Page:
Richard Wordingham via Unicode
unicode at unicode.org
Sat Dec 9 10:22:47 CST 2017
On Sat, 9 Dec 2017 16:08:22 +0100
Philippe Verdy <verdy_p at wanadoo.fr> wrote:
> 2017-12-09 15:28 GMT+01:00 Richard Wordingham via Unicode <
> unicode at unicode.org>:
> > Draft 1 of UAX#29 'Unicode Text Segmentation' for Unicode 11.0.0
> > implies that it might be considered desirable to have a word
> > boundary in 'aquaφοβία' or a grapheme cluster break in a coding
> > such as <006C, U+0901 DEVANAGARI SIGN CANDRABINDU> for el
> > candrabindu (l̐), which should be <006C, U+0310 COMBINING
> > CANDRABINDU> in accordance with the principle of script
> > CANDRABINDU> separation. Why are such breaks desirable?
> I don't understand why one would encode a DEVANAGARI SIGN in the
> middle of a Greek word to mean it implies a word boundary in Greek !?!
The two examples given are "aquaφοβία" and "Aि". The first switches
from Latin to Greek and the second is a Latin letter with a Devanagari
mark. However, there is a pre-Unicode tradition of using el with
candrabindu when writing Sanskrit in the the Roman alphabet, which is
why there is U+0310.
> > There are some who
> > claim that the Laotian consonant place holder is the letter 'x'
> > rather than the multiplication sign, U+00D7, which does have
> > Indic_syllabic_category=Consonant_Placeholder. (I trust no-one is
> > suggesting that there should be grapheme cluster boundary between
> > U+00D7 with script=common and a non-spacing Lao vowel any more than
> > there would be with a Lao consonant.)
> Here again the multiplication sign has nothing to do with an Indic
> consonnant. May be it has been used like this in some texts but this
> look more like a tweak.
Whatever its origin, it seems well established in Laos, and I've seen
it used for the Tai Tham script as well as for the Lao script. Try
searching for images of Lao vowels in French. Googling in English found
plenty of examples, and the teaching book shown at
the case nicely. I've also seen it used for Khmer, but not to the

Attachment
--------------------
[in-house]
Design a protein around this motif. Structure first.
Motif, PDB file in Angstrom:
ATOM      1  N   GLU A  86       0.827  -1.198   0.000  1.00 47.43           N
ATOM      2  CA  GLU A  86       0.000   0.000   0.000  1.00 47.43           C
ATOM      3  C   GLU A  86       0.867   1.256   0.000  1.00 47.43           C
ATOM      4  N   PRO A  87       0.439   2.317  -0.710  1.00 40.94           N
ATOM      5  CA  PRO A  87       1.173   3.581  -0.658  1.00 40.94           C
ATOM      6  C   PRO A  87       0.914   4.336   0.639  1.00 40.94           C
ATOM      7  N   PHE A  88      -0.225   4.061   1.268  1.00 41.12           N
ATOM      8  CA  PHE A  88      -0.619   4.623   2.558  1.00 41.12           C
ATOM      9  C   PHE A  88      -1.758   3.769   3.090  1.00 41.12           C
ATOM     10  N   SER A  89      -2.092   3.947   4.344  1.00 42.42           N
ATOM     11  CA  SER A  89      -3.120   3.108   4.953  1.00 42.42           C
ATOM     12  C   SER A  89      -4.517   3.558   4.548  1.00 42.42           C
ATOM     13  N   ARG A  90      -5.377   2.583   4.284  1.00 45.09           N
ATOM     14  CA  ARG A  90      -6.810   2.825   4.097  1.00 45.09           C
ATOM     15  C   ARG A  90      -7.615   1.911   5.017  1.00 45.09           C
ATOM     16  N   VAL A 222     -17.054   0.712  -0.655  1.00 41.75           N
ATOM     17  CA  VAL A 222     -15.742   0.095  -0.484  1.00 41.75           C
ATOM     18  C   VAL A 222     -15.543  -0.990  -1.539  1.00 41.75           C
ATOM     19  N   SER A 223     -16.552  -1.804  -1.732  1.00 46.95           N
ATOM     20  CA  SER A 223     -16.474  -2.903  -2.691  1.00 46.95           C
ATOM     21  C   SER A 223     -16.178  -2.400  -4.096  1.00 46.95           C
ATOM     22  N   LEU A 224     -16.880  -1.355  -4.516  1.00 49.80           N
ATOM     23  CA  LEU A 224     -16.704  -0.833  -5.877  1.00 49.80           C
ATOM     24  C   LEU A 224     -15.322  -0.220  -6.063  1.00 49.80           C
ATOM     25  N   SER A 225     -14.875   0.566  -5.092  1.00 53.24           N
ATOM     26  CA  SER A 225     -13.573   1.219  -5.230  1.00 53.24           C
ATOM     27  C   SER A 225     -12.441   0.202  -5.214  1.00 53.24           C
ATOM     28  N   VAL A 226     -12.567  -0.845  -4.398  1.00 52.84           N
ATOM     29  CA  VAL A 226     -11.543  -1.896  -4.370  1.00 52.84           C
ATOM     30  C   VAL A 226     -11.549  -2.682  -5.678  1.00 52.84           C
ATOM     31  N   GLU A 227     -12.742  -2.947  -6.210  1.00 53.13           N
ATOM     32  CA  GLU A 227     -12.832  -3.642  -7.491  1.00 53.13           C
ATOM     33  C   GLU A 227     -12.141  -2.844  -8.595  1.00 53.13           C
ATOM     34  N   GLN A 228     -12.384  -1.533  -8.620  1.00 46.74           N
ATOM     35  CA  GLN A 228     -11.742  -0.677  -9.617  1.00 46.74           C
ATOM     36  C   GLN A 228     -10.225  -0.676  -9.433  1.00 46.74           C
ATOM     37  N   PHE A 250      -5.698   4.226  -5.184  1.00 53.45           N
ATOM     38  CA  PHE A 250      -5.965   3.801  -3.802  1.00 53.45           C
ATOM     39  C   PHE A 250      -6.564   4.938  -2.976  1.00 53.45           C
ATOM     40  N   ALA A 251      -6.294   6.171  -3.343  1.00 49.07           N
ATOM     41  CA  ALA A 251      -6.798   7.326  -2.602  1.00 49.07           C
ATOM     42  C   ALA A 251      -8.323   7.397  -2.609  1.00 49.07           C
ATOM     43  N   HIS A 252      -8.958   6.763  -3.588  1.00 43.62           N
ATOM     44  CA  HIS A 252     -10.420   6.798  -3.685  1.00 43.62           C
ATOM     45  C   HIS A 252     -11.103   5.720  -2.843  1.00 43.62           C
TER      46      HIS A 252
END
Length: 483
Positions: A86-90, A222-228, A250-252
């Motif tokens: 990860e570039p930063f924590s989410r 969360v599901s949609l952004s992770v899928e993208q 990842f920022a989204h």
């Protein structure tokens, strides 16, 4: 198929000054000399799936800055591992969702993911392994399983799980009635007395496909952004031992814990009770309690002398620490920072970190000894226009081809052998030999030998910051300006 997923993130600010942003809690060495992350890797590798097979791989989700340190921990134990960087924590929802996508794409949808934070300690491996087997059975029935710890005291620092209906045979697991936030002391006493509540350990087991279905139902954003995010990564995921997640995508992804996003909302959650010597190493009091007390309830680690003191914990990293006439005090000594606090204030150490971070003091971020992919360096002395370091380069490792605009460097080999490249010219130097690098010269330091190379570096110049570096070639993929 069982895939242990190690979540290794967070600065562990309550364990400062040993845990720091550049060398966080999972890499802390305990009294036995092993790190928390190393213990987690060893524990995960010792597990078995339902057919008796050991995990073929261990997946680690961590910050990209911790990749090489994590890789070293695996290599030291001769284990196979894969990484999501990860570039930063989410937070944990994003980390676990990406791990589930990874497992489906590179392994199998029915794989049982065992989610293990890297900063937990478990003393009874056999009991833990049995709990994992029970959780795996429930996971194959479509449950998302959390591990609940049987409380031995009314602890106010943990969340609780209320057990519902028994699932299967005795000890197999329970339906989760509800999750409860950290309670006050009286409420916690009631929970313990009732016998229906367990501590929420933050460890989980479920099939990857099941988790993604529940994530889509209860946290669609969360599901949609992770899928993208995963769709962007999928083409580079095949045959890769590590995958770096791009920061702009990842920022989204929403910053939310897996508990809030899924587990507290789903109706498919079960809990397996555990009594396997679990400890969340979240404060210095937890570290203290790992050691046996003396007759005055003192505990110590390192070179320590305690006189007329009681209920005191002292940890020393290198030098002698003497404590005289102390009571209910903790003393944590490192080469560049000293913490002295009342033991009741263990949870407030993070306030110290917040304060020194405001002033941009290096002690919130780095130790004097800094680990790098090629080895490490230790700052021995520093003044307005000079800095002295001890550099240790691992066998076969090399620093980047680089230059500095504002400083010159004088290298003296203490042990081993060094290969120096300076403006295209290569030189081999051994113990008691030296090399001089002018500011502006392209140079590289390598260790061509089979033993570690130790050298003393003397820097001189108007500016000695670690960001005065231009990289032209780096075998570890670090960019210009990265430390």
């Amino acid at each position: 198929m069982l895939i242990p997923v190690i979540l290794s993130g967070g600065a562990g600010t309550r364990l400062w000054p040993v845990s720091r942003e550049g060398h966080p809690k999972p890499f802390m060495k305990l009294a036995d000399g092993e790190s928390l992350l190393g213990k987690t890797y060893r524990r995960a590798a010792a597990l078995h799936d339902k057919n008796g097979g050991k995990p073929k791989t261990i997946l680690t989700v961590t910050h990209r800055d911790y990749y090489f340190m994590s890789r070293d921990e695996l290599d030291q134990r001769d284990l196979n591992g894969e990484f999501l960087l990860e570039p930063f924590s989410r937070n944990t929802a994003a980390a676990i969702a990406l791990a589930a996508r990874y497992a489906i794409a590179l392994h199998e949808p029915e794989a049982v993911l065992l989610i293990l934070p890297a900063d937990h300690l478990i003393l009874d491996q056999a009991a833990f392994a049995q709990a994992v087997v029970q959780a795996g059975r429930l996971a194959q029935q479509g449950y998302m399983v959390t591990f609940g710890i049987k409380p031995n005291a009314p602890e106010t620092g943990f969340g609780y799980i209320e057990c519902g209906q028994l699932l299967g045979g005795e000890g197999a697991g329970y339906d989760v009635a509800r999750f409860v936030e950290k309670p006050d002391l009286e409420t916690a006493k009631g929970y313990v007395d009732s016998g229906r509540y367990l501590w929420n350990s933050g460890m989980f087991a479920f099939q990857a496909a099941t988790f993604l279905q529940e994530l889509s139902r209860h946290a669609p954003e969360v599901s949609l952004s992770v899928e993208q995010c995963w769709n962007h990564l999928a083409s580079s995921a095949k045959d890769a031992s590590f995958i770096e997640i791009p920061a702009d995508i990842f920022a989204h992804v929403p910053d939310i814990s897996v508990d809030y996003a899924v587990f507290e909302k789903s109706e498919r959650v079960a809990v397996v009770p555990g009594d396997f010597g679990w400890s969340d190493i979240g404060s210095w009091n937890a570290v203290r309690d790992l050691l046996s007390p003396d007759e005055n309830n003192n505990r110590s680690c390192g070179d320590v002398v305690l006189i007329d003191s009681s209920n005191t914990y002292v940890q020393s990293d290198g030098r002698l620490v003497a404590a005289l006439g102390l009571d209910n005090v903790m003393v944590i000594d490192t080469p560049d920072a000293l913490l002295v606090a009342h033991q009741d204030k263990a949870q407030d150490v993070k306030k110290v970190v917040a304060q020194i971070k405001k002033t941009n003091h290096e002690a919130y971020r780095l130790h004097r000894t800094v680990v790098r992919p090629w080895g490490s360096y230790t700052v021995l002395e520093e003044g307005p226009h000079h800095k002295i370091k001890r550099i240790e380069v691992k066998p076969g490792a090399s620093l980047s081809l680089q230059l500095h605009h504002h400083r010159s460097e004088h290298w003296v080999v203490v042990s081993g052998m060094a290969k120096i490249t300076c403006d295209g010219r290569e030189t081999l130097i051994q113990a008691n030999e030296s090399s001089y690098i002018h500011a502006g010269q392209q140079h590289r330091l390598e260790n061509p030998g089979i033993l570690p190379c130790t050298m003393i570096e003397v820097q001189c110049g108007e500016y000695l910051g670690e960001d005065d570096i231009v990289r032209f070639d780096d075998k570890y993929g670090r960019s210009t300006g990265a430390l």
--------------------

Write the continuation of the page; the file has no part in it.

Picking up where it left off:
extent that I can argue that it is well-established in Cambodia.
The Khmer example was produced using a typewriter and apparently a
felt-tipped pen, so unsurprisingly the vowel bearer was clearly a
typewritten letter 'x'.
> If one needs a consonnant holder propose to
> encode an "empty" letter (like in Hangul or in Arabic), possibly with
> variant forms (e.g. changing between a circle, dotted circle, cross,
> or horizontal joiner on the hanging baseline for Devenagari and
> similar scripts).
Propose a disunification if you like. The competing tradition is to
use LAO LETTER KO, and a Lao-English dictionary from Thailand uses a
grey LAO LETTER O, following the Thai tradition of using the Thai letter
for /ʔ/, which serves as the 'empty' letter for Pali and Sanskrit.
Remember that a proposal for an invisible letter for Indic was rejected.
> The usual base letter placeholder for combining diacritics is usually
> a whitespace (preferably NBSP, not SPACE) or the dotted circle
> symbol, but not a mathematical symbol which is used also within math
> formulas with variable names using common letters or even words.
> The multiplication sign used in the UTS standard was chosen because it
> normally does not occur within words,...
and has nothing to do with the usage of U+00D7 as a consonant
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